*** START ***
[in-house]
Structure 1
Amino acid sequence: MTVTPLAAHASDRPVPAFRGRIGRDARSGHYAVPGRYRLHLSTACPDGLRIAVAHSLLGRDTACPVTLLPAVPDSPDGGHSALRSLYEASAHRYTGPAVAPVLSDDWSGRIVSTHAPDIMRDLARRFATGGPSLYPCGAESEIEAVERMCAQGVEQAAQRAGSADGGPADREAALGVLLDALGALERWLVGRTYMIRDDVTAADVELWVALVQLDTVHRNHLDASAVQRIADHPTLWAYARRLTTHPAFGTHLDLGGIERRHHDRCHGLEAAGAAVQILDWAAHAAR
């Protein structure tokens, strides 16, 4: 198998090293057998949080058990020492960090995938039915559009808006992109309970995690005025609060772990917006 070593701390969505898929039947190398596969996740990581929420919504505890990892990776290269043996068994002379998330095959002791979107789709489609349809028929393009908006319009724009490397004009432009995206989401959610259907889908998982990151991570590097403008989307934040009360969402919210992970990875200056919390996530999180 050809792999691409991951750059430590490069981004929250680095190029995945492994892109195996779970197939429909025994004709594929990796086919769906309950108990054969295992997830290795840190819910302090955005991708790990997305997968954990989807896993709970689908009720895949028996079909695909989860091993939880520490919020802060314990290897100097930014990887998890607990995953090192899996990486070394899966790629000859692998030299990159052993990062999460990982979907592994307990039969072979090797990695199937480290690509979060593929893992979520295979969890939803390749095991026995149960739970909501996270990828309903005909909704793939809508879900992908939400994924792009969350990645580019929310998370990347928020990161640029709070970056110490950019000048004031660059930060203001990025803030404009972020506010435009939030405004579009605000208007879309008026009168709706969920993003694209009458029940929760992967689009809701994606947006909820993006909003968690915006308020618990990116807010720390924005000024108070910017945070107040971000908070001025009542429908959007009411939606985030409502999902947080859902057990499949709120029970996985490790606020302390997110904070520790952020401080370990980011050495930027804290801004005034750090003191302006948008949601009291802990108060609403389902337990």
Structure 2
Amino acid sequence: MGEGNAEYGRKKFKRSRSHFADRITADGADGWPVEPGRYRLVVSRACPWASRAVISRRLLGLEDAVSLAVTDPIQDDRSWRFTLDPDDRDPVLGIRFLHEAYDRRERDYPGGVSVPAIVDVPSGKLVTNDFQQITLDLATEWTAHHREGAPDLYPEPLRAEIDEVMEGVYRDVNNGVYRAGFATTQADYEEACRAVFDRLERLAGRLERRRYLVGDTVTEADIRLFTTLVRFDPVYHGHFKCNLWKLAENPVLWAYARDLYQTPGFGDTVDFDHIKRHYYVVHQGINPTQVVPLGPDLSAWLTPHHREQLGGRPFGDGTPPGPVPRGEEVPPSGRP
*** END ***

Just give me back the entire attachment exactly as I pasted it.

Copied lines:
[in-house]
Structure 1
Amino acid sequence: MTVTPLAAHASDRPVPAFRGRIGRDARSGHYAVPGRYRLHLSTACPDGLRIAVAHSLLGRDTACPVTLLPAVPDSPDGGHSALRSLYEASAHRYTGPAVAPVLSDDWSGRIVSTHAPDIMRDLARRFATGGPSLYPCGAESEIEAVERMCAQGVEQAAQRAGSADGGPADREAALGVLLDALGALERWLVGRTYMIRDDVTAADVELWVALVQLDTVHRNHLDASAVQRIADHPTLWAYARRLTTHPAFGTHLDLGGIERRHHDRCHGLEAAGAAVQILDWAAHAAR
């Protein structure tokens, strides 16, 4: 198998090293057998949080058990020492960090995938039915559009808006992109309970995690005025609060772990917006 070593701390969505898929039947190398596969996740990581929420919504505890990892990776290269043996068994002379998330095959002791979107789709489609349809028929393009908006319009724009490397004009432009995206989401959610259907889908998982990151991570590097403008989307934040009360969402919210992970990875200056919390996530999180 050809792999691409991951750059430590490069981004929250680095190029995945492994892109195996779970197939429909025994004709594929990796086919769906309950108990054969295992997830290795840190819910302090955005991708790990997305997968954990989807896993709970689908009720895949028996079909695909989860091993939880520490919020802060314990290897100097930014990887998890607990995953090192899996990486070394899966790629000859692998030299990159052993990062999460990982979907592994307990039969072979090797990695199937480290690509979060593929893992979520295979969890939803390749095991026995149960739970909501996270990828309903005909909704793939809508879900992908939400994924792009969350990645580019929310998370990347928020990161640029709070970056110490950019000048004031660059930060203001990025803030404009972020506010435009939030405004579009605000208007879309008026009168709706969920993003694209009458029940929760992967689009809701994606947006909820993006909003968690915006308020618990990116807010720390924005000024108070910017945070107040971000908070001025009542429908959007009411939606985030409502999902947080859902057990499949709120029970996985490790606020302390997110904070520790952020401080370990980011050495930027804290801004005034750090003191302006948008949601009291802990108060609403389902337990």
Structure 2
Amino acid sequence: MGEGNAEYGRKKFKRSRSHFADRITADGADGWPVEPGRYRLVVSRACPWASRAVISRRLLGLEDAVSLAVTDPIQDDRSWRFTLDPDDRDPVLGIRFLHEAYDRRERDYPGGVSVPAIVDVPSGKLVTNDFQQITLDLATEWTAHHREGAPDLYPEPLRAEIDEVMEGVYRDVNNGVYRAGFATTQADYEEACRAVFDRLERLAGRLERRRYLVGDTVTEADIRLFTTLVRFDPVYHGHFKCNLWKLAENPVLWAYARDLYQTPGFGDTVDFDHIKRHYYVVHQGINPTQVVPLGPDLSAWLTPHHREQLGGRPFGDGTPPGPVPRGEEVPPSGRP